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For Patrick Willie (@patrickisanavajo), to be a hoop dancer is to be a storyteller. “In our culture, we use dance to tell stories or lessons in life, to help inspire, motivate and share a positive feeling for others,” explains Patrick, who is Navajo and currently ranked sixth in the world for Native American hoop dancing. “I have always had a passion for creativity, especially with film. I am a big cinephile and using that as inspiration for creative projects combined with culture brings me so much joy.” During November, #NativeAmericanHeritageMonth is celebrated in the United States. “We indigenous people are only 2% of the population and having a month dedicated to us to help share our culture warms my heart,” he says. “My ancestors and culture have been through so many trials and turmoil though we still stand strong to this day, proud of who we are.” Reel by @patrickisanavajo; Music by @atribecalledred feat. Black Bear
The family that plays together, slays together. 🎸⚔️⚡️ For more videos that will get your weekend started on the right note, check out our story. 🎶 Reel by @quarantined_quartet
Today, we’re honoring Brazil’s #DiaDaConsciênciaNegra (Black Awareness Day) with Matheus Pasquarelli (@matheuspasquarelli), a 23-year-old style creator from São Paulo who advocates for Black visibility year-round. “I want the world to know that this day should be remembered every day,” he says. “It’s important to talk about. We exist.” Matheus takes on the #SaindoDeFininho (Sneaking Out) challenge to show how self-love helped him rise above some of the negative comments he encounters. “Our beauty has been erased for so many years,” he says. “Now we’re finding out how beautiful we are.” #ShareBlackStories #VivaNossaVoz Reel by @matheuspasquarelli; Music by @michaelbrun and @thatkahlo
“Being able to make art about my identity feels especially important considering the barriers that so many queer artists broke down in the past to pave the way for the work that I’m able to make today,” says Savana Ogburn (@savanaogburn), a 23-year-old artist whose multimedia work has a deep connection to LGBTQ+ culture. “Almost all of my favorite artists are queer.” In 2017, inspired by the works of photographer @cindysherman and drag artist @sashavelour, Savana began her self-portrait series, “Identity Crisis,” as a way to explore and express her own multitudes. “To me, #ShareWithPride means being vulnerable, showing work that unapologetically says something about who I am,” she says. “‘Identity Crisis’ has helped me realize that as a queer person, my identity is in flux all the time. Sometimes I’m happier presenting more femme, some days more masculine or somewhere in between, and that doesn’t make me fraudulent or flaky, it just makes me human.” Check out our story right now to see more from Savana as we continue to celebrate members of the LGBTQ+ community who #ShareWithPride. 🔮🌈✨ Art by @savanaogburn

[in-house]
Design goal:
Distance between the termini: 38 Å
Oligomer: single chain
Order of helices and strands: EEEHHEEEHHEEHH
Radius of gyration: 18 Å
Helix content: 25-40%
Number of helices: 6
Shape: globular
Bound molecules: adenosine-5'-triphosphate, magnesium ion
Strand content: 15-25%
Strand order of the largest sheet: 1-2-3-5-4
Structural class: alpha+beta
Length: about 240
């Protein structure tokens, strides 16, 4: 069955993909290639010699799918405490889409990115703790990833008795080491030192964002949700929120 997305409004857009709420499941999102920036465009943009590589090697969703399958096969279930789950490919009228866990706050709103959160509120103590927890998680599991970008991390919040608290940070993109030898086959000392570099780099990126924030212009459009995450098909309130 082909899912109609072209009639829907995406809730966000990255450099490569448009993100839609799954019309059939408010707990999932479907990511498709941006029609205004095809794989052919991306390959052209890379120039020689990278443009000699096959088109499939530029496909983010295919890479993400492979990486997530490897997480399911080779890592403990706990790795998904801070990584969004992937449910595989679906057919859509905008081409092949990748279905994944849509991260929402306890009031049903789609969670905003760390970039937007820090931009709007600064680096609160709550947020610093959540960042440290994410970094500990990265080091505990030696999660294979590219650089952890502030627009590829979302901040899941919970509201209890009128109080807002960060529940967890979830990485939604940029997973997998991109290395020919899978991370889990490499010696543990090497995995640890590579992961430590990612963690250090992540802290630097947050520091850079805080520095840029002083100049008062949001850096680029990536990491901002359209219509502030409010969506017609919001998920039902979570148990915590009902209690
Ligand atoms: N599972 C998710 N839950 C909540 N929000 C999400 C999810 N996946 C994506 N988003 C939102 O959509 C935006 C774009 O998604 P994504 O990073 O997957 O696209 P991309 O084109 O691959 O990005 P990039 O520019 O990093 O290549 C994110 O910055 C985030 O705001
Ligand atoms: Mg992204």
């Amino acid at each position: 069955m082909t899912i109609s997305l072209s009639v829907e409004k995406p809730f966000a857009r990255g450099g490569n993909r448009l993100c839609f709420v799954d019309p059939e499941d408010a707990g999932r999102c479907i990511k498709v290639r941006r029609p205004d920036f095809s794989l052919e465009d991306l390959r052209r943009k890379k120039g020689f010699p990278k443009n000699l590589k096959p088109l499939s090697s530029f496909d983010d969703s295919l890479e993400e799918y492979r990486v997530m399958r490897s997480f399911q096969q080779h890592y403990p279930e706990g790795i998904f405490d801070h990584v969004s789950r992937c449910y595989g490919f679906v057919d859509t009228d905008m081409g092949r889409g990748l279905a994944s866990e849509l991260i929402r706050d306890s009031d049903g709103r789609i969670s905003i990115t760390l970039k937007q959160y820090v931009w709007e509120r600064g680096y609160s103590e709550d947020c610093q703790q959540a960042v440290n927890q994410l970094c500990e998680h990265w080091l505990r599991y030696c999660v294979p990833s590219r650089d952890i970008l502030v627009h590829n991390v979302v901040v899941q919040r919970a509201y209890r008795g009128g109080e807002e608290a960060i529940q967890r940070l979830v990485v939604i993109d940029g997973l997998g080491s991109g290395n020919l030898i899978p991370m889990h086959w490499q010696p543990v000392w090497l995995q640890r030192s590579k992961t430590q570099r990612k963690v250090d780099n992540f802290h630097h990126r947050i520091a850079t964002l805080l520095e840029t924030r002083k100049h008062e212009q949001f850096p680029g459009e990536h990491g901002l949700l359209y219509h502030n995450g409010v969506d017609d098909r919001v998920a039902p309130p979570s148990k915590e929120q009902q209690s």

Artist Mark Kanemura (@mkik808) describes his videos as “colorful and vibrant bursts of pride, expression and joy that fuse a lot of my interests and passions.” And showing up while honoring who he is in the moment is paramount to Mark’s creative process and life. “I respect that I am constantly evolving and changing and allow myself to do so in a way that feels right for me. I value bringing a genuine sense of authenticity to what I create and share. If I’m feeling joy, I share that. If I’m feeling sad, I share that. When I allow myself to show up in an authentic way, it invites authenticity into my relationships, work and life.” ❤️ Reel by @mkik808; Music by @joelcorry and @mnek
LaMelo Ball (@melo) has been looking forward to this moment for years. All eyes are on the 19-year-old as he steps into the spotlight at the 2020 #NBADraft. 🏀 👀 “This is what I’ve been working for my whole life,” says LaMelo. “I’ve been training and working on every part of my game so that wherever I end up, I’m helping the team win from day one. At the end of the day, I want to win championships and be a Hall of Famer. The work to achieve that is happening now.” Beyond perfecting his jumper, LaMelo has been listening to music and spending time with his family to get his mind right for the adventure ahead. “What matters most to me is that my family and those closest to me know who I am and what I’m about. As long as they know that everything I do is for them, I’m good.”